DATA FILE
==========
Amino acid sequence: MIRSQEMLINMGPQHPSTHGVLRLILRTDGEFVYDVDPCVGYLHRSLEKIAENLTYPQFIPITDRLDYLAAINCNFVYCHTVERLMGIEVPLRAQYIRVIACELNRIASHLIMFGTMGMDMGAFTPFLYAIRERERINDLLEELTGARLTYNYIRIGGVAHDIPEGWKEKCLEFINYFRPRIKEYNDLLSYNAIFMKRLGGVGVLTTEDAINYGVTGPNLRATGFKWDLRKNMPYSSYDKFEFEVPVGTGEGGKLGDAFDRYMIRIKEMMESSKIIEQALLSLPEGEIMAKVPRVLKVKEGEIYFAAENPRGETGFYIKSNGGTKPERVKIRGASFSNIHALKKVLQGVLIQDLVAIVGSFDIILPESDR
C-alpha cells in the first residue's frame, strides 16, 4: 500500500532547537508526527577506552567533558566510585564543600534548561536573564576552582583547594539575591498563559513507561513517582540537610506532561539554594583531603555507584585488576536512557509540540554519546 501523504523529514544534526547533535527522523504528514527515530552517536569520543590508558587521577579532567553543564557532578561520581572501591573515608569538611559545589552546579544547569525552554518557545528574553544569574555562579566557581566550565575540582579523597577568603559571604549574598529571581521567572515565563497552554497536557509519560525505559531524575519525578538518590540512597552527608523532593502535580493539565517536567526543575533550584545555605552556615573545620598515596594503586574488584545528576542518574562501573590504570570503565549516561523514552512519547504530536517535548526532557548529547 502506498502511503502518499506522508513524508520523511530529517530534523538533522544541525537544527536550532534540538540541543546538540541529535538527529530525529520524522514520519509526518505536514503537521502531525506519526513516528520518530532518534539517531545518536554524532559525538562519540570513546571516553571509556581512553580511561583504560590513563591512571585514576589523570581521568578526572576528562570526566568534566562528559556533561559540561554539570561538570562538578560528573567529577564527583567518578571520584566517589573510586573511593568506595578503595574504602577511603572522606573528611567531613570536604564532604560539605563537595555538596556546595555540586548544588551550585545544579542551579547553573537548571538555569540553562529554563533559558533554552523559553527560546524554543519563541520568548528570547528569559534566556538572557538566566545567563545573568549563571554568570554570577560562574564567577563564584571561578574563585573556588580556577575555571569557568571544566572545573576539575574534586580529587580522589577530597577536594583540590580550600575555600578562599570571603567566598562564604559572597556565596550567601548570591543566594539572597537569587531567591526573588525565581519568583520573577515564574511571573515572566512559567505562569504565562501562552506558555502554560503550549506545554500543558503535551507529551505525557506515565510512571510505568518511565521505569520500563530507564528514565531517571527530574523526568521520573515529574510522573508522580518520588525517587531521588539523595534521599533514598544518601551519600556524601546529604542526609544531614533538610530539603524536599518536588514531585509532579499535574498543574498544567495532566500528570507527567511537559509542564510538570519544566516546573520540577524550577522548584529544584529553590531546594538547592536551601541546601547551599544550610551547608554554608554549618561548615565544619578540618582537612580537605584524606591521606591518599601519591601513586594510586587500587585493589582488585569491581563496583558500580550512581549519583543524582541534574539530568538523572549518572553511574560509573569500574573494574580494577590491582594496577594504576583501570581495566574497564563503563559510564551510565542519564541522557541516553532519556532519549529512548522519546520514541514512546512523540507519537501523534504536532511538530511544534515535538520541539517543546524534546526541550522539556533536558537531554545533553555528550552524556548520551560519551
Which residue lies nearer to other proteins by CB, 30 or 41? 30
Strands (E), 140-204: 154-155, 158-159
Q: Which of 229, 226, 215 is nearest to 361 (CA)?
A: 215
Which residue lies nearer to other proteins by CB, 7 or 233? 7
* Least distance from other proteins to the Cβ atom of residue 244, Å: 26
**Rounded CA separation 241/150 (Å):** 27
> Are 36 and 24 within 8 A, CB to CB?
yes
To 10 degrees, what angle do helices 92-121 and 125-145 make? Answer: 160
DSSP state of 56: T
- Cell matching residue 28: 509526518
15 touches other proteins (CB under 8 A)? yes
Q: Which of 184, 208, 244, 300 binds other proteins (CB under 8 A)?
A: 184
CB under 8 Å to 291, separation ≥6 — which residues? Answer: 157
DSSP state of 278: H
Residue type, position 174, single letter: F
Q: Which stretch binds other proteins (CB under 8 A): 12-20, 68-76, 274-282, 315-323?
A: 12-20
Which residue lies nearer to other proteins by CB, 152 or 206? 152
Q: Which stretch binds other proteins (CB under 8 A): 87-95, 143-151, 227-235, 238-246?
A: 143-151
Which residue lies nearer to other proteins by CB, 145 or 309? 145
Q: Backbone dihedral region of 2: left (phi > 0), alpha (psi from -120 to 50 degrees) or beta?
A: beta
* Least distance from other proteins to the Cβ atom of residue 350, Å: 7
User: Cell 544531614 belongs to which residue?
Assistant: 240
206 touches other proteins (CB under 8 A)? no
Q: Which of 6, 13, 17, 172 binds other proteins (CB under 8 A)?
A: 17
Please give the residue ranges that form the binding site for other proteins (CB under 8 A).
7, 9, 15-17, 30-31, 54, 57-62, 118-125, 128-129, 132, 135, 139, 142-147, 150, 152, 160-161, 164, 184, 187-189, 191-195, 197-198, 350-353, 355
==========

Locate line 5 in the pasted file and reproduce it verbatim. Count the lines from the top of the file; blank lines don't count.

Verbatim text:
Q: Which of 229, 226, 215 is nearest to 361 (CA)?